This month, the Kensington Olympia Exhibition Centre will host the Great British Beer Festival.
Some 55,000 people will attend the event and sample almost 1,000 different real ales, craft beers and ciders.
Scattered among the exhibitors will be up to 70 London craft breweries, demonstrating the enormous growth the sector has enjoyed in recent years.
"Six years ago when I got here it was still a lot of mainstream lagers, ales and cask which I didn't find very interesting. Now it's grown... there were only five or 10 breweries in London. Now you're up to 60ish roughly and within the next couple of years you'll be hitting the three figures, 100, which is fantastic," Durham Atkinson, the managing director of the Hops & Glory craft beer pub on the Essex Road told IBTimes UK.
The pub brews a couple of its own beers to go along with the dozens of external beers it sells on premises. Atkinson is about to install a one barrel kit in the basement which will allow them to increase the amount they make and, all being well, sell their product elsewhere.
And it doesn't seem like there will be any issue with demand.
The research firm Mintel estimates that 23% of British people above the legal age for drinking have consumed a craft beer in the past six months. In London, the figure is 38%. That means more than two million Londoners have polished off a craft beer this year.
"'With many operators taking advantage of government tax breaks for smaller producers, there has been a boom in craft brewers over the past decade. Many of these have produced newer types of beers, often seen as premium and conducive to trading up. This trend has continued over the past year with over 100 new breweries opening and the number of brewers reaching a 70-year high.' – said Chris Wisson, a drinks analyst at the firm.
Much of the growth can be explained by the broadening of consumer demand, with UK drinkers becoming more adventurous and demanding a better quality and tastier product.
"Compared to lager in kegs, which is just cold and fizzy, the craft keg stuff is seen as packed full of flavour but is still just cold and fizzy. People really like that especially in the summer, where do you want to be? In a park with something cold and fizzy, but now you can have that and it be tasting amazing, which is a fantastic pull," says Jon Swain, one of the founders of the Hackney Brewery which, after starting brewing in 2012, has recently invested heavily in equipment to allow it to start making kegged beers to go along with its current cask output.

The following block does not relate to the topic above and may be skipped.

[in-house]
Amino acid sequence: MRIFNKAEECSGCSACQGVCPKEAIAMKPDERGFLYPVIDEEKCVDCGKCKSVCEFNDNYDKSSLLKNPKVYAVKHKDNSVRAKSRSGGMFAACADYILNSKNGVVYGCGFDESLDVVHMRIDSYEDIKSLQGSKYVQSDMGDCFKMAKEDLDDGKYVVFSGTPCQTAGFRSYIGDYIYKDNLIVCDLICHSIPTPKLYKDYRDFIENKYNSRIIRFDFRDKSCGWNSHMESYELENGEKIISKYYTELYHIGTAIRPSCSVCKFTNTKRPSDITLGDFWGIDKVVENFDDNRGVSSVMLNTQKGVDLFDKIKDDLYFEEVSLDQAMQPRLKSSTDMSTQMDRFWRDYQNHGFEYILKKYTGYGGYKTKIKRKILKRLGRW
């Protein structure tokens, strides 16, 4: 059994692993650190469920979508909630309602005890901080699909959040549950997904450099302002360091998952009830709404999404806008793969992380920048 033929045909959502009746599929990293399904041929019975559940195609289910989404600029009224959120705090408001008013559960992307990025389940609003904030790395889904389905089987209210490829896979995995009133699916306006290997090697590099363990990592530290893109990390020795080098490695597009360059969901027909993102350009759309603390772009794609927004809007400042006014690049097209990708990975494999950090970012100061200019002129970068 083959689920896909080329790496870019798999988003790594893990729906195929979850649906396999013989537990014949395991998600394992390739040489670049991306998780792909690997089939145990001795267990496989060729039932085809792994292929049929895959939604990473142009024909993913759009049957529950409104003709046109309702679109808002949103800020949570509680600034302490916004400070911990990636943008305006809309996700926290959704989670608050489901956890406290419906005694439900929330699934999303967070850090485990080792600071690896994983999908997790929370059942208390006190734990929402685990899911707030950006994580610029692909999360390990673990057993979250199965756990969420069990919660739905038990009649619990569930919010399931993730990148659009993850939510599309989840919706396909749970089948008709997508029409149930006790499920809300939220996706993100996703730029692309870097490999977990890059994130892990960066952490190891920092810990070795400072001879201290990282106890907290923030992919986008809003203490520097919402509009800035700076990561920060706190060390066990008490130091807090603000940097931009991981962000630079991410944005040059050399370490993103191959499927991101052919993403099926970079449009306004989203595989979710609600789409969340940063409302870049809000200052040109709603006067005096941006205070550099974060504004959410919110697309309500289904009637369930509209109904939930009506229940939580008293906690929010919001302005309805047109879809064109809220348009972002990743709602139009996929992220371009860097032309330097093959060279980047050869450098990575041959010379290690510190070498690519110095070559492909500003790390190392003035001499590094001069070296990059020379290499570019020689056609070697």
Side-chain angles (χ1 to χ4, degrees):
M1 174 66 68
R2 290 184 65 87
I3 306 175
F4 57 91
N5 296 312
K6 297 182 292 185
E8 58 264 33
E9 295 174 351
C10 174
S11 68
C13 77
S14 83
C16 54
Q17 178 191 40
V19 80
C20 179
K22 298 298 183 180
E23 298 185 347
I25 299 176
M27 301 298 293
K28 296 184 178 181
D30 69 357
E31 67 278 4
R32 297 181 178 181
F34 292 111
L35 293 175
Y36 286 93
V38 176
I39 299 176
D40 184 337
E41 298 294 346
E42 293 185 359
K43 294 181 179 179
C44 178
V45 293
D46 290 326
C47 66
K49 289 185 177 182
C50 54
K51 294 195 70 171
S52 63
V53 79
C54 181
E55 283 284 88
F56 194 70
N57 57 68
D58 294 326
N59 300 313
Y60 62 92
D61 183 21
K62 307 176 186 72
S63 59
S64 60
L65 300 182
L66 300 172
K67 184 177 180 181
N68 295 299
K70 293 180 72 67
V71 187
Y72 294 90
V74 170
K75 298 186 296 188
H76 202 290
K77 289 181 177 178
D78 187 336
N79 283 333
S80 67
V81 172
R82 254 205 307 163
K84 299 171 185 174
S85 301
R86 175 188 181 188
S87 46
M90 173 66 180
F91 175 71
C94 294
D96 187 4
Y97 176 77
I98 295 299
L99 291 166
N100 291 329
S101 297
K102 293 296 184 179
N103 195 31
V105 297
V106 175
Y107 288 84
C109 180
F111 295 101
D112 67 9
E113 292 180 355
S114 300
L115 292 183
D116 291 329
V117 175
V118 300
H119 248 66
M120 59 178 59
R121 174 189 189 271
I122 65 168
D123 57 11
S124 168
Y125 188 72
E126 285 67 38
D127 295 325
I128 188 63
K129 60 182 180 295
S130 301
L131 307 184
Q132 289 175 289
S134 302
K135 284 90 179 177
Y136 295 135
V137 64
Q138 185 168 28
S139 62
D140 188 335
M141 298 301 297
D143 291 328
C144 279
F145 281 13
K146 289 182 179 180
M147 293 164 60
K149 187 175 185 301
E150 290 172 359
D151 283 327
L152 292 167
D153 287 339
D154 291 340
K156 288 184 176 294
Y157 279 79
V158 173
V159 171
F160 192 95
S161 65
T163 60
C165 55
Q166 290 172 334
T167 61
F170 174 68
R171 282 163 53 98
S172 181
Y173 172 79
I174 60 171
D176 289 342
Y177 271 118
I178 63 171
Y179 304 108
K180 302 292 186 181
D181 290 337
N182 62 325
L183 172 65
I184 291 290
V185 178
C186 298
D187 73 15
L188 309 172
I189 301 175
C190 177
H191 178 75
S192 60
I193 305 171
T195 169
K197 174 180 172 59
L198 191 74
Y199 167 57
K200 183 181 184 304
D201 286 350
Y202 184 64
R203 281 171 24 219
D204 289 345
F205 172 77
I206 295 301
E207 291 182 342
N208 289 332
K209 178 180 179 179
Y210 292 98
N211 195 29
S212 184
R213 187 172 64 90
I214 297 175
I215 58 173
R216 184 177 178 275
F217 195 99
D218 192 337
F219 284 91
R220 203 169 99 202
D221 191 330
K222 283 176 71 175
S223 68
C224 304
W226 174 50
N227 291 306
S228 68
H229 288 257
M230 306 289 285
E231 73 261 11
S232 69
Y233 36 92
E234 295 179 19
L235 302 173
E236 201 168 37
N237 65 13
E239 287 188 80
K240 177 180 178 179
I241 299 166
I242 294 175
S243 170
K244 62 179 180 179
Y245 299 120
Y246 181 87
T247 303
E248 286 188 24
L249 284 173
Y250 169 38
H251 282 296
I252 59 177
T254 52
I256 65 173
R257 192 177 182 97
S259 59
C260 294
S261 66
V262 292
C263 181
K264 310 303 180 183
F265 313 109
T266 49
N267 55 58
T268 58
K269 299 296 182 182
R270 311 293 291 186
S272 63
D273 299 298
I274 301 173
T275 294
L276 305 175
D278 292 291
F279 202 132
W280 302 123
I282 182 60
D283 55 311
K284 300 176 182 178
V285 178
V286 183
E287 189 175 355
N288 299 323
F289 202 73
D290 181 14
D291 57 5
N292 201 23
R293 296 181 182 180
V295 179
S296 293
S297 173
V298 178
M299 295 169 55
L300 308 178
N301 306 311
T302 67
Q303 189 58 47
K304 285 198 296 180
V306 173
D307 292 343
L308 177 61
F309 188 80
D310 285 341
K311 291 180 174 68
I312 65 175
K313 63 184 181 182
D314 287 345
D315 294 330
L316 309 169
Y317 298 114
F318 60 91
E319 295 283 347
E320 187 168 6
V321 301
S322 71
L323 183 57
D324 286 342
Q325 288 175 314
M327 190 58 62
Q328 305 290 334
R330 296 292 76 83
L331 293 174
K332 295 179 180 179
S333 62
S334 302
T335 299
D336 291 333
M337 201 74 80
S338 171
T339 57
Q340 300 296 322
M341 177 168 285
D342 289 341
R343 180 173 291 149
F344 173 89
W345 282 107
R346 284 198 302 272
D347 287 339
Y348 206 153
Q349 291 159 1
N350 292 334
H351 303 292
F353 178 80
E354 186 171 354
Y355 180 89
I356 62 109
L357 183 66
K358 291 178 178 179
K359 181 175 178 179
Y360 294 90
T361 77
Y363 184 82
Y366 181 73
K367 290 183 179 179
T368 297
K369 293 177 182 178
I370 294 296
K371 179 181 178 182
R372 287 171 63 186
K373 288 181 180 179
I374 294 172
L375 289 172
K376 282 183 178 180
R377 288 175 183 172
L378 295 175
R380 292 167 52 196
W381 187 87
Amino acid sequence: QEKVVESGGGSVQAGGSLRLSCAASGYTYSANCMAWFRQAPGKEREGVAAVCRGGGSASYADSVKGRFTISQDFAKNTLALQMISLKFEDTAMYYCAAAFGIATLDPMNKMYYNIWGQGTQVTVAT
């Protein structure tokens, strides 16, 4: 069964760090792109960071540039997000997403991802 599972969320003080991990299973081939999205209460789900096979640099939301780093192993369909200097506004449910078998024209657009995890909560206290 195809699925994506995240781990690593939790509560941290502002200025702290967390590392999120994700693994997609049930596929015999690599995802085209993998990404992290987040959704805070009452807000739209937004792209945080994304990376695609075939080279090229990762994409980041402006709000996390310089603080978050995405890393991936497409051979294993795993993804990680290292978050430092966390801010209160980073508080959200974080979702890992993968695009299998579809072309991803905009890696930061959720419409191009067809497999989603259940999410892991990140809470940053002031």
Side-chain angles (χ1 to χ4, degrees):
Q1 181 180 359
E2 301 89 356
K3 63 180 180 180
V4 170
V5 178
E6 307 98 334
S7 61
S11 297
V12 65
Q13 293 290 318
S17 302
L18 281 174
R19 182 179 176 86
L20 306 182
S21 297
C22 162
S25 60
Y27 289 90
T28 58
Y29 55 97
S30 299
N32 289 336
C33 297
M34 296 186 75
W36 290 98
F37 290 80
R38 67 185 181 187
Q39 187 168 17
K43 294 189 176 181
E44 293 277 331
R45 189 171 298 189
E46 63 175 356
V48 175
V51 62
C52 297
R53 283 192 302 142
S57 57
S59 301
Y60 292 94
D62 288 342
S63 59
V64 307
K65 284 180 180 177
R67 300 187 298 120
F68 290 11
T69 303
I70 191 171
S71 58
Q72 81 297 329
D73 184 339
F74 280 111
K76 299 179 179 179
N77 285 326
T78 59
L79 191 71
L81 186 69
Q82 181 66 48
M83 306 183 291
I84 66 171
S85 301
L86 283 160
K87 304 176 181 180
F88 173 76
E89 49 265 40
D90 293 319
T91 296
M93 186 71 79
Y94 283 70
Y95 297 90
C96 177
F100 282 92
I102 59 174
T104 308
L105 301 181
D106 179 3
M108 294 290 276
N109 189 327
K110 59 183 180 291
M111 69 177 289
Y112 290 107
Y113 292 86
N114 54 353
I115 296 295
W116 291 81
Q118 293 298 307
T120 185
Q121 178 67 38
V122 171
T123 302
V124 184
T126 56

Mintel's research shows that 50% of UK beer drinkers expect craft beers to taste better than non-craft beer such as Fosters or Budweiser. Considering how relatively new the tipple is to many drinkers, that's an impressive figure.
The beer industry is undergoing a transformation similar to that enjoyed by the food industry in the 2000s, when people wanted to reconnect with their food, opting to shop local and artisanal, often willing to spend a bit more money on a better quality product.
This can be, in part, traced back to the global financial crisis of 2008. People became more careful with how they spent their money and demanded something that tasted better than standard lager. The local movement, whereby people wish to support those producers close to home, clearly has a standing in this: 67% of UK beer drinkers think that drinking regional or craft beers is a good way to support local producers and therefore the community at large.
But more than anything, it's likely that London's captive market of drinkers – about six million people – are more willing to try something new than those elsewhere in the UK. Other cities, such as Manchester, Edinburgh, Bristol in particular, are catching on fast. But nowhere has fallen quite so madly for craft beer than London.
The Great British Beer Festival takes place in the Olympia, Kensington from 12-16 August. You can buy tickets here.